The View from the Bench

What most youth coaches fail to realize

The Try outs are over, the cuts are made. The rejoicing begins over the roster spot you apparently have earned. You believe that now that you wear the uniform, you are actually going to go out on the field or on the court and be a part of the games. Be part of the team.

The games begin and you find yourself sitting on the bench. Through cold weather it if it an outdoor sport and often in a cold or stuffy gym if it is an indoor sport. You give up other activities that you enjoy because your coach says that in order to be a part of the team, you must be dedicated. You attend every practice, at times when you are actually not feeling well. You forsake vacations,extra curricular activities, parties and nights out with your friends to make sure you are alert and available for the game. You work hard in practice, listen intently and do all that the coach has demanded of you.

But then, you sit. You watch as every other player enters the game....except you. As you watch, and watch something is lost. Your confidence, your self esteem and eventually...your desire to work hard. Honestly, why would you keep all of those things if you are left behind while players who show attitude, miss practices and even try outs get to play before you and at times are the starters. I am sure that does not make you feel too great. If it were about talent, you might accept it, but there are players in there who are slower, not as skilled and definitely not doing what the coach has told them to do.

Now make yourself into a teenager. A vulnerable, and trusting young person. You are walking a fine line on a daily basis of how you feel about yourself. You are growing into an adult therefore all that is said and done before your eyes becomes an example to you of what your life has become or will be in the future. Every emotion is stronger than an adult. Things are not easy to forget as they were when you were a child. It is a powder keg and it should not be. Sports should be the highlight of your day. Studies show that students that are part of a team are better behaved in school as well as achieving good grades.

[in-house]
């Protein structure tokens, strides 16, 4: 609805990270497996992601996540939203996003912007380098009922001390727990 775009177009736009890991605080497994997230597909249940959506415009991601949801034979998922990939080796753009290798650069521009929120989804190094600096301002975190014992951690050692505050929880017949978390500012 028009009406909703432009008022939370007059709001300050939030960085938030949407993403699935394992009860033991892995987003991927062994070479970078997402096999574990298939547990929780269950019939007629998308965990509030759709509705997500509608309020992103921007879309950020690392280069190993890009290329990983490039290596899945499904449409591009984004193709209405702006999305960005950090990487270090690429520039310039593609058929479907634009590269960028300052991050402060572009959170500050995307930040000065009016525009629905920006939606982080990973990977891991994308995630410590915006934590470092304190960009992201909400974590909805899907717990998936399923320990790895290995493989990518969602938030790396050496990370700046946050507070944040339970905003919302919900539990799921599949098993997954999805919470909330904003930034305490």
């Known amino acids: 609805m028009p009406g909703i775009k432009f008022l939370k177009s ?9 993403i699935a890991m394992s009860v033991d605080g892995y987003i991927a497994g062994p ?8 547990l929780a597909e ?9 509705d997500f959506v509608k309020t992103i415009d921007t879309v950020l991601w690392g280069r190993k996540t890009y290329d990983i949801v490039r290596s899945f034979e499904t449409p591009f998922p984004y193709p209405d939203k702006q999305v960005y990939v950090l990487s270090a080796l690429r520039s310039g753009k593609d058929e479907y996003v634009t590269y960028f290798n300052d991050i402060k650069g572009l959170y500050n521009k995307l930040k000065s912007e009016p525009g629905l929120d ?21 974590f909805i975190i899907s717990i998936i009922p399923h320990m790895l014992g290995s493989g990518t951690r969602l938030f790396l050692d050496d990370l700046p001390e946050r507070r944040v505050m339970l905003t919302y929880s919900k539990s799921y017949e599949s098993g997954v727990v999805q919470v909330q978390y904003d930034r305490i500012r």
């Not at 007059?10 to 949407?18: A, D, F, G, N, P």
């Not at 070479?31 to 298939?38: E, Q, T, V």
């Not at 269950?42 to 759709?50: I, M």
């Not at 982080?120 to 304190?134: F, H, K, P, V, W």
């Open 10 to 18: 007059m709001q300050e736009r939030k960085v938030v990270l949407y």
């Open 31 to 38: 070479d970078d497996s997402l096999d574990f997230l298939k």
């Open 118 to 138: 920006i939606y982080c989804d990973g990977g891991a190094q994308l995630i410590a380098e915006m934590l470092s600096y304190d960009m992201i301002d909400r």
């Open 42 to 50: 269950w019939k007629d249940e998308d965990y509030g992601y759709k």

As a sports parent, spouse of a coach and an assistant coach myself, I absolutely understand that sports are competitive and our mentality of everyone gets a trophy is not always wise on the upper levels of athletics. However, if someone is good enough to make the roster, why are they not good enough to participate in a game? It is a fact that athletes do NOT improve unless they are in actual competitive play. Scrimmaging your teammates and attending practices does not show what a player can truly do. It also offers no challenge or opportunity because level of play is lower among your own teammates

In addition, if an athlete is sat game after game, often the ONLY player who sits, an explanation should be offered. If you as a coach honestly do not feel they are ready for this level of play, then you need to be the leader that you are supposed to be and take time with that player. It is not about how well the star player plays that defines you, it is about how the last man on the bench improved on your watch.

A truly good youth coach can take ANY combination of his or her players and put them in a game. ANY. Do you know why? It is simple, if you have done your job as a YOUTH coach, you have worked with every single player and imparted every bit of wisdom you have to assist them in playing as best they can. If you are not learned in any particular area, you educate yourself. Go to clinics, watch videos, speak to other coaches.Grow...be the example you should for your players.

Do you know why? Here it is. YOU ARE NOT A PROFESSIONAL COACH. You are a YOUTH coach. You have an incredible opportunity to take young men or young women and give them moments they will remember for the rest of their lives. Your job is not to win games. You are not at a college level where your career is dependent upon your win and loss record. You are molding young human beings into adults. Do you have any idea how important that is? No, I think far too many of you do not. Do you know why? Because it is about YOU. You are coaching for YOU. For the glory you feel when your team wins. For the interview in the newspaper. To dream a dream of coaching on the next level, which 9 times out of 10 does NOT happen.